This chapter analyzes the case of forest fires at a world heritage site: the Rapa Nui National Park. These fires have caused significant damage in recent years, affecting its valuable cultural heritage. Considering the insular condition of the site, the capacity to respond to an emergency was evaluated, headed by the new administration of the park: the Ma’u Henua indigenous group. The social, cultural, and environmental contexts were taken into consideration to evaluate their relationship and integrate them into the proposed mitigation strategies. The case of the devastating fire of September 2017, which affected about 300 ha, was analyzed. It was demonstrated that, despite the existing protocols, the community could not adequately face the emergency. Finally, strategies to reduce the risk of forest fires are proposed with an attempt to integrate aspects of the Rapanui culture through its customs and practices, as well as the new administration of the Rapa Nui National Park, validated by the local community.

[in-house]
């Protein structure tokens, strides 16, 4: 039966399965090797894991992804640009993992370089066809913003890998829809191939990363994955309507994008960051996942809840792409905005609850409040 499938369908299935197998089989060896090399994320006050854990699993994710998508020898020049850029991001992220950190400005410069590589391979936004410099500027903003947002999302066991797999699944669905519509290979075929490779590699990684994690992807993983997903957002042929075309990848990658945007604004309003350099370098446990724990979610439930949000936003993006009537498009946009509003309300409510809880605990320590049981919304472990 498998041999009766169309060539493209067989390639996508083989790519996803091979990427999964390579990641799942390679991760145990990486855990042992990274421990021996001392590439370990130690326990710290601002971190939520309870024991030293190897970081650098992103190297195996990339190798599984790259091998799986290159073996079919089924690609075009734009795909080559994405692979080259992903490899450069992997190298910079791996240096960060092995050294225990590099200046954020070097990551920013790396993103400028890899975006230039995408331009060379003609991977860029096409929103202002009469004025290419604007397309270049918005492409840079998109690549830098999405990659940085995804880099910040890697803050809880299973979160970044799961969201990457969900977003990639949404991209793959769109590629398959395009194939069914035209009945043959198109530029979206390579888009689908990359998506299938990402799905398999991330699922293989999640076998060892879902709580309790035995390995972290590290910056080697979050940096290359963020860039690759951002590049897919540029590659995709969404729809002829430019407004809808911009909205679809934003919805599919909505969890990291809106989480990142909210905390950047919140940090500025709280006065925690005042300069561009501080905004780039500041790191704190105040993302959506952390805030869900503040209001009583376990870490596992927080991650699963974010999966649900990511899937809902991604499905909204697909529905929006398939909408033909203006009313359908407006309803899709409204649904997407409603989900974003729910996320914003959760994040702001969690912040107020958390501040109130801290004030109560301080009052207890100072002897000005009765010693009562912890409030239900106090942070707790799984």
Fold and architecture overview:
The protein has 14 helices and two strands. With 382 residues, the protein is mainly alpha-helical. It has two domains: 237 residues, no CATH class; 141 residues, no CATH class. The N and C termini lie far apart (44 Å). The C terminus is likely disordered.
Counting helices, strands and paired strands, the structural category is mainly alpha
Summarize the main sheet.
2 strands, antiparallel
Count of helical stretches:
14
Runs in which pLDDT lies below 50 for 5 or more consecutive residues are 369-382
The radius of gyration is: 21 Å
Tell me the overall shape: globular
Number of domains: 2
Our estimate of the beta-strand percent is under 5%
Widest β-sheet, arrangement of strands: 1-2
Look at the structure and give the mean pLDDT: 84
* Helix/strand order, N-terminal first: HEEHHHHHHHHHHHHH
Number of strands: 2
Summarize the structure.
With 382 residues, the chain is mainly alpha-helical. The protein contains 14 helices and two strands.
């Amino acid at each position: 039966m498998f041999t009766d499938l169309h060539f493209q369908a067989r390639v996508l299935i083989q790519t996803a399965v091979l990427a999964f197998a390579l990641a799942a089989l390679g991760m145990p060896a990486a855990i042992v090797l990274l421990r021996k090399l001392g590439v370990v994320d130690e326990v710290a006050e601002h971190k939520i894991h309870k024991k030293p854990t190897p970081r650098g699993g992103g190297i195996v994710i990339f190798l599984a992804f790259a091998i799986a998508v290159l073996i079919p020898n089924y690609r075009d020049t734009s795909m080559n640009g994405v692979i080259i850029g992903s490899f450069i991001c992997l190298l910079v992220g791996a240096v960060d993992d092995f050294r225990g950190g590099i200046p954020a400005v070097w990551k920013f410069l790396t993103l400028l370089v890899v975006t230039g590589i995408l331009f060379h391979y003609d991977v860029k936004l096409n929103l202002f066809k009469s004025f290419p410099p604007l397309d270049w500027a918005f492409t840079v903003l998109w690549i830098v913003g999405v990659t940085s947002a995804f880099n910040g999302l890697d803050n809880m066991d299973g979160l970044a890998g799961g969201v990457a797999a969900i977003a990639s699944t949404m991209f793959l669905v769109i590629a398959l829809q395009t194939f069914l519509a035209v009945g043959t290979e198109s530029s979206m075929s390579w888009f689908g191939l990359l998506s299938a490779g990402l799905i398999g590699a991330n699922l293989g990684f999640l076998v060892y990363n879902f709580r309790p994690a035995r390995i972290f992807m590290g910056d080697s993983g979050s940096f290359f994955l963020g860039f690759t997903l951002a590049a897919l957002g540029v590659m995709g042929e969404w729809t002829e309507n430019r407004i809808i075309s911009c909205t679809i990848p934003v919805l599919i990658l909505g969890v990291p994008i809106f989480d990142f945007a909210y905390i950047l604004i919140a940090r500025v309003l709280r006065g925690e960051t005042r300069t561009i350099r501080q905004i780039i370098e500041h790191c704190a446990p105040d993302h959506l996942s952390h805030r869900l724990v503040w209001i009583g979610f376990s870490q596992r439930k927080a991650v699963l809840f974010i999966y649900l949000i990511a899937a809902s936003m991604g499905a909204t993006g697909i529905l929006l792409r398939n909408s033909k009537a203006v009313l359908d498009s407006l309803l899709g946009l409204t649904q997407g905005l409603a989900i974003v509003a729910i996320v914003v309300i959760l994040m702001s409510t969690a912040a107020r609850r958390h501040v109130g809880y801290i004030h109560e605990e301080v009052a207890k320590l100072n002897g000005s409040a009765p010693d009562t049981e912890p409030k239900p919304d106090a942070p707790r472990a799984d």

Understanding Disaster Risk, 2021, Pages 257-277,